How do you celebrate the bicentenary of a great composer who also happened to be an anti-Semite, who posthumously inspired Hitler, and whose works featured prominently in the cultural life of the Third Reich? That’s the question Richard Wagner’s Jubiläumsjahr, or “jubilee year,” poses for Germany.
In the run-up to Wagner’s birthday, on May 22, the German media have been continuously covering this year’s many Wagner concerts, lectures, biographies, recordings—and debates. Wagner, of course, is still a sensitive topic in Germany (as he is in Israel, where his compositions are taboo in concert halls). As if to highlight the fraught context, his Götterdämmerung was used in a neo-Nazi march in Magdeburg in January, just as anniversary festivities were getting under way.
“Are Wagner the musician and Wagner the anti-Semite two different people?” a German tabloid asked the conductor Christian Thielemann. “Completely! They barely know one another!” he responded. In a Berliner Morgenpost interview, the Berlin Philharmonic violist Wilfried Strehle argued that the music—“bold and boundless,” with “a hope in freedom and humanity”—was at odds with the man: “His egomania, his social envy (for example of Mendelssohn), his racism, his behavior with women and friends alienate me. But are all great musicians also good people?”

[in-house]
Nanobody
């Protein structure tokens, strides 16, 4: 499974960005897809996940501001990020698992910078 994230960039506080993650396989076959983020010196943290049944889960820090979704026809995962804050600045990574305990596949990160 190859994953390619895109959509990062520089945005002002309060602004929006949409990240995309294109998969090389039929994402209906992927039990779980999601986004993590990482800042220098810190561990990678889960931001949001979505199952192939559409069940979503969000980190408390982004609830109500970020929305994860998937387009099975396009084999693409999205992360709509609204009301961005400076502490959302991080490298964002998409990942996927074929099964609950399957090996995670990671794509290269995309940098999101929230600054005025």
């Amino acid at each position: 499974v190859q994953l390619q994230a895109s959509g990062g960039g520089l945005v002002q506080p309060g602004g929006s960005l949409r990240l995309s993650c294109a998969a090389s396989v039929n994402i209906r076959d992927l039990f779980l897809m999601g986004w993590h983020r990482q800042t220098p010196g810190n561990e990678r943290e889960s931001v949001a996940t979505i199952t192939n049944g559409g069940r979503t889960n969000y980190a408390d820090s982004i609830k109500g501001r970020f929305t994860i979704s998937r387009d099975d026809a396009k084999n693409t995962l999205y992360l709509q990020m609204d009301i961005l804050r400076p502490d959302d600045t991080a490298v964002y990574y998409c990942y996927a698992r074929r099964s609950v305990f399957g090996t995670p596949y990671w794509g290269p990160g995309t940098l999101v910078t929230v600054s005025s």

Not that everyone agrees about even the music. Writing in the Neue Osnabrücker Zeitung, the critic Ralf Döring compared Wagner’s four-opera Ring cycle to “fourteen hours of heavy metal.” Those who attend, he wrote, “earn either sympathy or jealousy from their fellow humans.” There’s no middle ground with Wagner, Döring continued. “People either deify him or curse him.”